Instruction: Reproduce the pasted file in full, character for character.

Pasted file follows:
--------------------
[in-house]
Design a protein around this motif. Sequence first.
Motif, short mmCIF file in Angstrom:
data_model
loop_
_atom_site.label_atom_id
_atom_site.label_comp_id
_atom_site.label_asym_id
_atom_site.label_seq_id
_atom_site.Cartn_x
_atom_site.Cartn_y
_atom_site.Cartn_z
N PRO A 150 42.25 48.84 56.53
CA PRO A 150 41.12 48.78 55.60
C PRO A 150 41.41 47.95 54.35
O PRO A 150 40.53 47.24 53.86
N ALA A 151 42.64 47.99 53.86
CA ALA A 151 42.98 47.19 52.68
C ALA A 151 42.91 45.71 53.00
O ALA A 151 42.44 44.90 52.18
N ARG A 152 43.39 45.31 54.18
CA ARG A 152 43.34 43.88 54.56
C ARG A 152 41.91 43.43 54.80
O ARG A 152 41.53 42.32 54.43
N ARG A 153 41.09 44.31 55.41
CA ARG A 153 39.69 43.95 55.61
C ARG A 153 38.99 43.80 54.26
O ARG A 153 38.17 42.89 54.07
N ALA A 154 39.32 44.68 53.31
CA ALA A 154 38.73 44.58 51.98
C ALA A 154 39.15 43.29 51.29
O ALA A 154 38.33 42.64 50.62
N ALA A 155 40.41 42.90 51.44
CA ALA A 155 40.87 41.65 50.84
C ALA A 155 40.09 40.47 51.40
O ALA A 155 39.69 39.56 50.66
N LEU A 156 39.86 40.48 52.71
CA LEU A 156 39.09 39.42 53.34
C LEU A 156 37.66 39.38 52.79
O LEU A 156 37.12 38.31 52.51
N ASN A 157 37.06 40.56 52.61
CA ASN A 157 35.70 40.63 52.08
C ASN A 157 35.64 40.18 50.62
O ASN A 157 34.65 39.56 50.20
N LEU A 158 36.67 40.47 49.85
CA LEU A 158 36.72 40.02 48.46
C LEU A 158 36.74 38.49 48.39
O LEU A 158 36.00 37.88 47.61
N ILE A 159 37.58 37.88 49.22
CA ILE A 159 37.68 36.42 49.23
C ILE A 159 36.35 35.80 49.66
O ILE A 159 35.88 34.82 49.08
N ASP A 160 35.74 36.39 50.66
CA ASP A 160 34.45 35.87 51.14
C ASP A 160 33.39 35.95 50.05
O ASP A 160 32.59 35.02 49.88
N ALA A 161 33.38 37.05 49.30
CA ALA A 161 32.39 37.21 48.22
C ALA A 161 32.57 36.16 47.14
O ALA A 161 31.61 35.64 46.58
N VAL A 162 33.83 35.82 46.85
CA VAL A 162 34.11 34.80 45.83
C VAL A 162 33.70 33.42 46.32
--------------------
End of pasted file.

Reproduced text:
[in-house]
Design a protein around this motif. Sequence first.
Motif, short mmCIF file in Angstrom:
data_model
loop_
_atom_site.label_atom_id
_atom_site.label_comp_id
_atom_site.label_asym_id
_atom_site.label_seq_id
_atom_site.Cartn_x
_atom_site.Cartn_y
_atom_site.Cartn_z
N PRO A 150 42.25 48.84 56.53
CA PRO A 150 41.12 48.78 55.60
C PRO A 150 41.41 47.95 54.35
O PRO A 150 40.53 47.24 53.86
N ALA A 151 42.64 47.99 53.86
CA ALA A 151 42.98 47.19 52.68
C ALA A 151 42.91 45.71 53.00
O ALA A 151 42.44 44.90 52.18
N ARG A 152 43.39 45.31 54.18
CA ARG A 152 43.34 43.88 54.56
C ARG A 152 41.91 43.43 54.80
O ARG A 152 41.53 42.32 54.43
N ARG A 153 41.09 44.31 55.41
CA ARG A 153 39.69 43.95 55.61
C ARG A 153 38.99 43.80 54.26
O ARG A 153 38.17 42.89 54.07
N ALA A 154 39.32 44.68 53.31
CA ALA A 154 38.73 44.58 51.98
C ALA A 154 39.15 43.29 51.29
O ALA A 154 38.33 42.64 50.62
N ALA A 155 40.41 42.90 51.44
CA ALA A 155 40.87 41.65 50.84
C ALA A 155 40.09 40.47 51.40
O ALA A 155 39.69 39.56 50.66
N LEU A 156 39.86 40.48 52.71
CA LEU A 156 39.09 39.42 53.34
C LEU A 156 37.66 39.38 52.79
O LEU A 156 37.12 38.31 52.51
N ASN A 157 37.06 40.56 52.61
CA ASN A 157 35.70 40.63 52.08
C ASN A 157 35.64 40.18 50.62
O ASN A 157 34.65 39.56 50.20
N LEU A 158 36.67 40.47 49.85
CA LEU A 158 36.72 40.02 48.46
C LEU A 158 36.74 38.49 48.39
O LEU A 158 36.00 37.88 47.61
N ILE A 159 37.58 37.88 49.22
CA ILE A 159 37.68 36.42 49.23
C ILE A 159 36.35 35.80 49.66
O ILE A 159 35.88 34.82 49.08
N ASP A 160 35.74 36.39 50.66
CA ASP A 160 34.45 35.87 51.14
C ASP A 160 33.39 35.95 50.05
O ASP A 160 32.59 35.02 49.88
N ALA A 161 33.38 37.05 49.30
CA ALA A 161 32.39 37.21 48.22
C ALA A 161 32.57 36.16 47.14
O ALA A 161 31.61 35.64 46.58
N VAL A 162 33.83 35.82 46.85
CA VAL A 162 34.11 34.80 45.83
C VAL A 162 33.70 33.42 46.32